SAGINAW, Michigan (WJRT) - (1/25/2017) - On Wednesday homeless shelters and service providers in Saginaw County participated in a county-wide "Point In Time: count of homeless persons. The information they gather is crucial in the the information is used by HUD to report to Congress and to determine regional allocations of homeless funding.
ABC 12's Amy Hybels joined one of the teams as they hit the streets of Saginaw Wednesday night to try and identify homeless individuals in hopes of securing funding for emergency shelters and support services in the County.
The agencies count both homeless persons in shelters and homeless persons living in places unfit for habitation including the outdoors and abandoned buildings.
Homeless Prevention Coordinator Joanie Covert provided last minute directions to those assisting with Wednesday night's homeless count...
Survey forms will provide HUD with the information they need to determine regional funding.
The eight teams hitting the streets "suit up" in bright florescent hats.
With more than two million dollars in funding at stake ...The count of homeless persons is something organizers take seriously:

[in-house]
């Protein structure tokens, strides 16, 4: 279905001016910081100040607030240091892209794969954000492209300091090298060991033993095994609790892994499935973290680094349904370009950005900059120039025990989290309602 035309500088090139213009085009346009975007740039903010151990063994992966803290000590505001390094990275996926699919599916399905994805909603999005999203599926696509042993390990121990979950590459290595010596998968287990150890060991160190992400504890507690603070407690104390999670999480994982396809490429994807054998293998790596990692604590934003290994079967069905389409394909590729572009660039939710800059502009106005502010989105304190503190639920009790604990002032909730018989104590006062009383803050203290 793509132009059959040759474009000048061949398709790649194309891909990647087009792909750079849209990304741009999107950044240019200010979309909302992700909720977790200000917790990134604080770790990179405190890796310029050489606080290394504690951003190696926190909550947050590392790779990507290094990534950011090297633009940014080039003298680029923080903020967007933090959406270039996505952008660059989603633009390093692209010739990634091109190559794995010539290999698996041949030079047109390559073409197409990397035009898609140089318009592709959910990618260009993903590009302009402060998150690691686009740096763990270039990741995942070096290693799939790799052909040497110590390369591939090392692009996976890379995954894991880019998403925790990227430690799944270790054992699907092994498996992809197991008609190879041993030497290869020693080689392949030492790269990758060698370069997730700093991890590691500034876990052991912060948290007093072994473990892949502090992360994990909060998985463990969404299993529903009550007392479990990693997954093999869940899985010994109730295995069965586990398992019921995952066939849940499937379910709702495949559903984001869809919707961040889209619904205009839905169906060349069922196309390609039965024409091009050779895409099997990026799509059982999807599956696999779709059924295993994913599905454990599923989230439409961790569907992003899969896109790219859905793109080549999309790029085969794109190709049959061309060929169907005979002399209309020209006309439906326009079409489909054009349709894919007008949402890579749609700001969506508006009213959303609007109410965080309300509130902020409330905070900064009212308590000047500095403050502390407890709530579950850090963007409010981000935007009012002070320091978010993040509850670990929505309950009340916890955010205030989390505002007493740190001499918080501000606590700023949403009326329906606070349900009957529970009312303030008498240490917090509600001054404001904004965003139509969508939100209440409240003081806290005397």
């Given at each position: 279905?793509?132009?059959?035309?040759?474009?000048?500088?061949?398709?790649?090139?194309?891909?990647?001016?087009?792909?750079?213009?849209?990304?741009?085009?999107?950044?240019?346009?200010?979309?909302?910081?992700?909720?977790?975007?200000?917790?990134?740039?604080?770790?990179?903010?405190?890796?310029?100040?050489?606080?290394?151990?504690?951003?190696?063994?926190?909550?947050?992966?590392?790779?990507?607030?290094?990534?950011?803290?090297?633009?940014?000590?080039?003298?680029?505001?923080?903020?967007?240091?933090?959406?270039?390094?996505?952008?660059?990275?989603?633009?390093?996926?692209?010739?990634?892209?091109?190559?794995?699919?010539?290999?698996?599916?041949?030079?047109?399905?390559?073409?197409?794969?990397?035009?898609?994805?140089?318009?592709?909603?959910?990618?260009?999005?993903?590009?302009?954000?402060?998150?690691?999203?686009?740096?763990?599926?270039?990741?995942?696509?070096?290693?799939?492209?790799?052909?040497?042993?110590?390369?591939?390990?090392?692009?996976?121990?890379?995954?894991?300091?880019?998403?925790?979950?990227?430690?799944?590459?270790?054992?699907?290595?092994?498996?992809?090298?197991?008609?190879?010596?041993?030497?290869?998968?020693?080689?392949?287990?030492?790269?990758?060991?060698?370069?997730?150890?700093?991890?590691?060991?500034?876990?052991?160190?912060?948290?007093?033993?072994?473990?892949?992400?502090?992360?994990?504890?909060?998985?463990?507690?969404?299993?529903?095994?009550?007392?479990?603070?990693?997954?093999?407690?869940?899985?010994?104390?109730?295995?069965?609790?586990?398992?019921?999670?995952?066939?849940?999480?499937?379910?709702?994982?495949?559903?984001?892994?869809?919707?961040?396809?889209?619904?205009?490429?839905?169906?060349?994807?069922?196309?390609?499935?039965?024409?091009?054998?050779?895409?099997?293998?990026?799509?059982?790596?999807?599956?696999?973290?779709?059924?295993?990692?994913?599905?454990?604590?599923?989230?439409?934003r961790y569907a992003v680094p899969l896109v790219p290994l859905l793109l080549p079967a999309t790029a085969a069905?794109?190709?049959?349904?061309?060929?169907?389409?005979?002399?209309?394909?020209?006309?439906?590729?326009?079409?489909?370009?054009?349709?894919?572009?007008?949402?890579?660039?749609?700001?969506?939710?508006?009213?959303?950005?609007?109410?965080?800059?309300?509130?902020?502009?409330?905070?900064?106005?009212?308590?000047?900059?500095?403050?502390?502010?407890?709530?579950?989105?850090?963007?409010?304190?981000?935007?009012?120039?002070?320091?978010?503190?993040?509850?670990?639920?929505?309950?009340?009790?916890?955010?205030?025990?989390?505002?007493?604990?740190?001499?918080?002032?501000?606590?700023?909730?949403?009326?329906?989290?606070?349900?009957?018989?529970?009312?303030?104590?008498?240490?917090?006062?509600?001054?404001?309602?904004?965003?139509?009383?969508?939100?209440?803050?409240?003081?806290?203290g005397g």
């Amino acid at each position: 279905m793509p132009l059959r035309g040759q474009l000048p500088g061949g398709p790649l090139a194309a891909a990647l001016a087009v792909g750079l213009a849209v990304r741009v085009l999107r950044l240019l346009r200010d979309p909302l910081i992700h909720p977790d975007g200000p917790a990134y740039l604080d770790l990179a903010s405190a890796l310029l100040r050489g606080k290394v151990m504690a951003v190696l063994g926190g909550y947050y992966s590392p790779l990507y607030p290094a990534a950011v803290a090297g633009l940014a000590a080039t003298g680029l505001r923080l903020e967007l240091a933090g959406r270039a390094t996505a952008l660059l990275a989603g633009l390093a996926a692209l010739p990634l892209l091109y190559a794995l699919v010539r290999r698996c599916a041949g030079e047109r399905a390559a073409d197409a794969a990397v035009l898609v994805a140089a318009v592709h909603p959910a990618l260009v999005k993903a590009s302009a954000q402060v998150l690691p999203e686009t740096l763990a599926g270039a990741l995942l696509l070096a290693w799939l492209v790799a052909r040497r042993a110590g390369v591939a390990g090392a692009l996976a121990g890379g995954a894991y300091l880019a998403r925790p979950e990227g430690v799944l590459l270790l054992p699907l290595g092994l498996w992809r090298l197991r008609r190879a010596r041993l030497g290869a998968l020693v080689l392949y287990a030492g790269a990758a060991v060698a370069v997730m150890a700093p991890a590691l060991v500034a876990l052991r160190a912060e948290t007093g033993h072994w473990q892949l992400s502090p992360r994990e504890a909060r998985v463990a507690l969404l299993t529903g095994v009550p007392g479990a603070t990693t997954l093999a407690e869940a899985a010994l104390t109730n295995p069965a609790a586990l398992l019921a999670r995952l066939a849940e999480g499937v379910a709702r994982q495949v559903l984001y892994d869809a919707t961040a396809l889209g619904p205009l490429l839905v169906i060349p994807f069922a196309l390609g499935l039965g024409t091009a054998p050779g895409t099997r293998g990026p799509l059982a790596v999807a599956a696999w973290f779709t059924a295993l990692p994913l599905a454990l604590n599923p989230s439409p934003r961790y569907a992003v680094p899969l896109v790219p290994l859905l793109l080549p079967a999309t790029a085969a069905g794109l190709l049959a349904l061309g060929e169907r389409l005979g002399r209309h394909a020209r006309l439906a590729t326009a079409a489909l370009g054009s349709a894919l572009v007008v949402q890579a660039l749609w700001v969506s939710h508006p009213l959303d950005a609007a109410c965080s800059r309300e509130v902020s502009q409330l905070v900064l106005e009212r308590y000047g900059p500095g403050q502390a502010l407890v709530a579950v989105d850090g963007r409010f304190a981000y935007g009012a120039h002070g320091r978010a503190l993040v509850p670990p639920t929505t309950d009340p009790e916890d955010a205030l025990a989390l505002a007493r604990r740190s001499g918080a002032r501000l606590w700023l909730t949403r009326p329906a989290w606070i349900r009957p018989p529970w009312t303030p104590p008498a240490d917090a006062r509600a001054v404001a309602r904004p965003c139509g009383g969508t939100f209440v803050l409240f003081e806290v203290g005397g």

"This is big, yes it is big, it's one of the biggest events that we do," noted Homeless Prevention Coordinator Joanie Covert.
The first stop the team we accompanied hit?
This lot filled with abandoned vehicles...
Rocky Archangeli moves on to the underpass...a social worker for county mental health...Archangeli says this count is about more than just numbers for him:
"If you can make a difference in somebody's life early enough, it'll break that cycle - help improve the world," he said. Archangeli also points out that the majority of the folks he helps are families.
And so the search continues.
The teams from both the morning and evening shifts were able to identify 13 unsheltered homeless people and about 325 sheltered homeless folks for a total of 338...the last time they took a count --over the summer--they identified 349 homeless individuals.
The information collected is required for both federal and state grants which fund emergency shelters and support services.
While Covert says the numbers have dropped dramatically over the last six years, shelters are routinely overpopulated.